Here are the week's stories you don't want to miss.

Working with the Canadian Down Syndrome Society, Google is collecting voice samples to teach its Google Assistant to understand people with the condition.

project-understood-macneil-2
Canadian Down Syndrome Society

Large numbers of commercial airplanes are parked at airports around the world now, and these multimillion-dollar machines need constant attention.

alaska-planes-oakland-1
Kent German/CNET

Faith communities around the world are leveraging tools like Zoom, Facebook Live and WhatsApp to tune in to services.

Coronavirus impacts mosques
Getty Images

To improve facial recognition algorithms, researchers are crawling the internet for photos of people wearing face masks.

01-homemade-face-mask
Sarah Tew/CNET

For Instacart's paid sick leave, workers need a letter from a public health authority. Problem is, how does someone get hold of one?

gettyimages-1221480935
Michael Loccisano/Getty Images

Most of Disney's theme parks remain closed, but there are ways to bring home the sights, sounds -- even smells -- of a Disney vacation.

fam4-copy
Bridget Carey/CNET

Fewer releases and changing attitudes toward streaming could lead to positive side effects for female filmmakers.

thefarewell
Casi Moss

Commentary: Thank you, Spotify, for helping me recapture the magic.

img-0231
Erin Carson/CNET

Sorry, you're stuck with this universe.

690958main-p1237a1
NASA/Hubble

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9 great reads from CNET this week – CNET

For the most up-to-date news and information about the coronavirus pandemic, visit the WHO website.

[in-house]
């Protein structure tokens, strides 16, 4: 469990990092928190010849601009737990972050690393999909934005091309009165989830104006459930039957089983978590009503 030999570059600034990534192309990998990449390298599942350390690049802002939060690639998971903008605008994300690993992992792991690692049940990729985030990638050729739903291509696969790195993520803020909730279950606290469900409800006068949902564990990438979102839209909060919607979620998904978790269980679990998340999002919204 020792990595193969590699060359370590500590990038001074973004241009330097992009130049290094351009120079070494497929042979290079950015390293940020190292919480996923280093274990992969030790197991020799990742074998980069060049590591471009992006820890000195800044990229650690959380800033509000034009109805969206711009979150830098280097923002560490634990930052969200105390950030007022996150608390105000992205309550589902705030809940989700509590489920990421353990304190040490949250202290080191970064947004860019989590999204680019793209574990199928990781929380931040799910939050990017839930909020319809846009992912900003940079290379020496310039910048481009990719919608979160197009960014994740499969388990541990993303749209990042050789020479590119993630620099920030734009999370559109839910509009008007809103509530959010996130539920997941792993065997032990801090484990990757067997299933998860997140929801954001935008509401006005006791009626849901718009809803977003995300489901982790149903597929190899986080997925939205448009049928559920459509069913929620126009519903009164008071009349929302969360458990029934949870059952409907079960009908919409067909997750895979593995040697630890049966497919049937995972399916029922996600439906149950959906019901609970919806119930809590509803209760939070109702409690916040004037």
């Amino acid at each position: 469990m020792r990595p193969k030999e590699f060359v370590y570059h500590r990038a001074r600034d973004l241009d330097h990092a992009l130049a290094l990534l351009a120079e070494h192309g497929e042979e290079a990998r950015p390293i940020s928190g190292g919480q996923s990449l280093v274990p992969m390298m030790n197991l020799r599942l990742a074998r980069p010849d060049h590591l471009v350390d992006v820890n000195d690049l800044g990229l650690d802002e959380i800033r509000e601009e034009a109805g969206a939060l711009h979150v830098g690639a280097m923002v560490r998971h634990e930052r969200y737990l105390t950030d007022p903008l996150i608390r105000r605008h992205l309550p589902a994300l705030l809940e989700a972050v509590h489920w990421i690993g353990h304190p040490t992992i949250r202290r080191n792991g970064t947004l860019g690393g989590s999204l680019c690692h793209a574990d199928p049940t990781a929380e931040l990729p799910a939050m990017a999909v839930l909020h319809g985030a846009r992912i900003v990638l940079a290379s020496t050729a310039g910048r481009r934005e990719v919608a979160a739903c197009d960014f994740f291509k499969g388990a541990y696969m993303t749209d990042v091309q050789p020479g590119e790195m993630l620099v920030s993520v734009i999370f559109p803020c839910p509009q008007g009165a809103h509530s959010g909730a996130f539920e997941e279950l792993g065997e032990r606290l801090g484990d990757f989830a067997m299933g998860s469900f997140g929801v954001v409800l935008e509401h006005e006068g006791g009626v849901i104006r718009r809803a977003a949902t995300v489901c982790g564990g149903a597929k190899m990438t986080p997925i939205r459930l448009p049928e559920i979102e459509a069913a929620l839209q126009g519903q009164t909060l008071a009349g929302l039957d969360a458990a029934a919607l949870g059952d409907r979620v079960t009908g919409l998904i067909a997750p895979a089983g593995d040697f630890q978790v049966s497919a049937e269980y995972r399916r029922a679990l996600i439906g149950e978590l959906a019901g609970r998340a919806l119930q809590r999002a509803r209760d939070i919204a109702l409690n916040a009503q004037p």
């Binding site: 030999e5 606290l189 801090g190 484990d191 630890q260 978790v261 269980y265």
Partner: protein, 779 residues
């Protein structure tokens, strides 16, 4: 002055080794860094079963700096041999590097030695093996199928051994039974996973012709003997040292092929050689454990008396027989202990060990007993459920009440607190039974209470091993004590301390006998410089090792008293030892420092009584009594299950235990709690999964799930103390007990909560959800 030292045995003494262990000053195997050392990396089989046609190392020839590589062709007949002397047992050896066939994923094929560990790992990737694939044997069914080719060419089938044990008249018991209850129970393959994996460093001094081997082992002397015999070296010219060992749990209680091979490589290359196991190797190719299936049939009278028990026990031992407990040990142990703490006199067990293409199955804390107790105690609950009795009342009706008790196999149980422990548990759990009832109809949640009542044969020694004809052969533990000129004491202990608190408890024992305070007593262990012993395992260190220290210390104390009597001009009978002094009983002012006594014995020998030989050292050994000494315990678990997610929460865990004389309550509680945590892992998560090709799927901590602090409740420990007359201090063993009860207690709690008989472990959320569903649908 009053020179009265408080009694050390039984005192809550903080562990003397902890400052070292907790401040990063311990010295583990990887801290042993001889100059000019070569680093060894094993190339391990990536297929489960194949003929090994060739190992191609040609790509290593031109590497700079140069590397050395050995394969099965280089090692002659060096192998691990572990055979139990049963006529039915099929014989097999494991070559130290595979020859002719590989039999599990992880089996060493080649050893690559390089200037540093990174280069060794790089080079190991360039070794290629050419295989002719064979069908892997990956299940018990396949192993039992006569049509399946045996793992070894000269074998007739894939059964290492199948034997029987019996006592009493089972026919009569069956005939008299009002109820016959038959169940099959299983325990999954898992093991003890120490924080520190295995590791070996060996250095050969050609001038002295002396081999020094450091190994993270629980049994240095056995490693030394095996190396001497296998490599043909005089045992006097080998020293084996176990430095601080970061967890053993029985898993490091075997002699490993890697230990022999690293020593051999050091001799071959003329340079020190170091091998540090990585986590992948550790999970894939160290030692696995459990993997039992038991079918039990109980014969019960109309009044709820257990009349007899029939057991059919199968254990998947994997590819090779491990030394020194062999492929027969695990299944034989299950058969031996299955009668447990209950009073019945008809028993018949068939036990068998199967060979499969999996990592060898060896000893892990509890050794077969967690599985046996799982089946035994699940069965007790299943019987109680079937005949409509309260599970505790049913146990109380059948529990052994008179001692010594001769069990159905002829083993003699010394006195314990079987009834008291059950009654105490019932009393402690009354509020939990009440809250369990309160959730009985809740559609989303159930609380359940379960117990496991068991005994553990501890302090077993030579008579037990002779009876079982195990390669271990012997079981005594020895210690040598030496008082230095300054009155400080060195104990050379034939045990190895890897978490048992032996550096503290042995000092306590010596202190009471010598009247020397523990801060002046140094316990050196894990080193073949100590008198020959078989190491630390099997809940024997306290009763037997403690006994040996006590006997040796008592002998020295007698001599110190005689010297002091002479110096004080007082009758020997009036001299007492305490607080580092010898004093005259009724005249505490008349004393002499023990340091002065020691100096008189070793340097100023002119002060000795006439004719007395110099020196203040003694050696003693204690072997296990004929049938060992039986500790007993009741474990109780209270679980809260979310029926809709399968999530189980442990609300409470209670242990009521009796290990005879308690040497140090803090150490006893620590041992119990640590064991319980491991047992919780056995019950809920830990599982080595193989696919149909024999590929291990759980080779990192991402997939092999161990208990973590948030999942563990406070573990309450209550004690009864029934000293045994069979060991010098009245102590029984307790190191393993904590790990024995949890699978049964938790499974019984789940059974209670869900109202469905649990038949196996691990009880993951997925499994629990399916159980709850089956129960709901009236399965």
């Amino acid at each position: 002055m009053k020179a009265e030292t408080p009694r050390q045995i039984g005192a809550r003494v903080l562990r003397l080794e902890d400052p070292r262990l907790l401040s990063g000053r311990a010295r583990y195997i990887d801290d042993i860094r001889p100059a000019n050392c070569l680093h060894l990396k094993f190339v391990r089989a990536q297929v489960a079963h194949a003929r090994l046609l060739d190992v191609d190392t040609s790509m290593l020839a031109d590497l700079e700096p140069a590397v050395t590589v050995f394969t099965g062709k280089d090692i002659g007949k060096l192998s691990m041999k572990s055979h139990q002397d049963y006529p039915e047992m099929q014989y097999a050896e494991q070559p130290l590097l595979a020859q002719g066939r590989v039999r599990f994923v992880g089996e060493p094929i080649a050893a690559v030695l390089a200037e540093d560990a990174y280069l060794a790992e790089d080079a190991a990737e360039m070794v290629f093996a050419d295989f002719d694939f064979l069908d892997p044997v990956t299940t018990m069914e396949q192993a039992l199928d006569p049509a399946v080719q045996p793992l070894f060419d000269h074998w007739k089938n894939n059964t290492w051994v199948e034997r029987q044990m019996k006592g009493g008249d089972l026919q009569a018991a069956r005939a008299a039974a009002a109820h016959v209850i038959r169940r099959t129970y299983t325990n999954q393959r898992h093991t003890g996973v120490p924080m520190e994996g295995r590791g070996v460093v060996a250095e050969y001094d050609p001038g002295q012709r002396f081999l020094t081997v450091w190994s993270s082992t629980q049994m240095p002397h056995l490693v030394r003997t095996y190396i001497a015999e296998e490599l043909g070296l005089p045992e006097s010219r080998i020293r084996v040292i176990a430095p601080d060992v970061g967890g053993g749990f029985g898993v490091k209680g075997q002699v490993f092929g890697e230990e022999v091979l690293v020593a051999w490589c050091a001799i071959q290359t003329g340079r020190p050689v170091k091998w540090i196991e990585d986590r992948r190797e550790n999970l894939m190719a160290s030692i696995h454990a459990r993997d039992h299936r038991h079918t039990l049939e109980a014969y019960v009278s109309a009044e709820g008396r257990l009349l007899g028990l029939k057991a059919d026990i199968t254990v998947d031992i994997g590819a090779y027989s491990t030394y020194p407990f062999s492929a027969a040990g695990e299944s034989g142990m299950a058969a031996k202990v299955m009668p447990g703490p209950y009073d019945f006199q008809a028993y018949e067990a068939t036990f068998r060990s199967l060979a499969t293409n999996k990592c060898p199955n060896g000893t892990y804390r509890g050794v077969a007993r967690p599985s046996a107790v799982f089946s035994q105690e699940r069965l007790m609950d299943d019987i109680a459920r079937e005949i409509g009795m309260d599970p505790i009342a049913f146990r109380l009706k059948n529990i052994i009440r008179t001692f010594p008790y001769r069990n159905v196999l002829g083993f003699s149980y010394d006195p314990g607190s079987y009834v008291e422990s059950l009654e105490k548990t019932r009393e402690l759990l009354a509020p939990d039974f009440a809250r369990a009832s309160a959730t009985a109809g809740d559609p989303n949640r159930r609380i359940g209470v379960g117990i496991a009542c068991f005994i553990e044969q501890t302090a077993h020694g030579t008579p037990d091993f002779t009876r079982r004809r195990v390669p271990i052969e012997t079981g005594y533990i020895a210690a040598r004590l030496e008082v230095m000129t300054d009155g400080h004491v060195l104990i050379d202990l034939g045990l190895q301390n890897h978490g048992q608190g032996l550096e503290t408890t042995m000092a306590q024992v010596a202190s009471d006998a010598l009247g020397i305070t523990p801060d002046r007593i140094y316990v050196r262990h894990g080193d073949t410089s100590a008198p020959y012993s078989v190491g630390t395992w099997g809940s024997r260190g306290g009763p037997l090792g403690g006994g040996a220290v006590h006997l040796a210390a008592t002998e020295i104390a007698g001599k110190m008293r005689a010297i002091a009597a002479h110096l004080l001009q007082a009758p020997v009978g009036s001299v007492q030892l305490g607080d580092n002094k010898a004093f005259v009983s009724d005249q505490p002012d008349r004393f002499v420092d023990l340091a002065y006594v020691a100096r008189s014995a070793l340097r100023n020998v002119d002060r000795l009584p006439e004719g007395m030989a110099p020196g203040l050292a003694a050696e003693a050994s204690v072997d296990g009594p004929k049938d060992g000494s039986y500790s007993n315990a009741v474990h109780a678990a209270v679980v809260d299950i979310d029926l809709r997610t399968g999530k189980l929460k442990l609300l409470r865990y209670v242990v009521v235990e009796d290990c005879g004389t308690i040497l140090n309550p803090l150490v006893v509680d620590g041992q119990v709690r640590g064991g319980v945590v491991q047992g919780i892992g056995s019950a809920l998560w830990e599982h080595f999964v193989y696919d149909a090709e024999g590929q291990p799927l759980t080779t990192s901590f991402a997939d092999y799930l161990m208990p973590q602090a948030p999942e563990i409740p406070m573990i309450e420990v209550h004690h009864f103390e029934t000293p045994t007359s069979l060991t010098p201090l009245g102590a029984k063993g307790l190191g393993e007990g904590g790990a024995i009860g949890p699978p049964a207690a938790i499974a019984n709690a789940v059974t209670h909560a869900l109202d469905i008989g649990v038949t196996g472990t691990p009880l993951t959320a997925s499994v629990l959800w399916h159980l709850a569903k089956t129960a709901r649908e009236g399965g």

CNET got back to the business of gadget reviews this week with the release of the new iPhone SE, which arrived just in time for budget-conscious buyers spooked by the coronavirus. At $400 it's quite the steal -- Apple packed it with the same chip that powers the company's $1,450 iPhone Pro Max.

But the pandemic rages on, and we've also been keeping tabs on how tech is intersecting with efforts to control it. For example, we looked at contract tracing apps and how they're dealing with privacy concerns in both the US and abroad. Meanwhile, lockdown efforts are spotlighting the digital divide, and a fired Amazon worker says his termination was retaliation for speaking out about virus-related conditions.

Here are more stories you don't want to miss this week:

Apple, Google, Facebook, LinkedIn and Uber have new work-from-home policies as tech culture clashes with family life.

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Getty Images

On the fifth anniversary of Apple's first smartwatch, we take a look at the device's evolution.

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Angela Lang/CNET

Researchers find that hundreds of "reopen" domain names are being registered at the same time. Many are part of schemes to collect data.

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Jamie Squire/Getty Images

Tech companies have been eyeing our wallets for years. Now they might just get them.

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Getty Images

Video chatting is all the rage now that people have to stay home.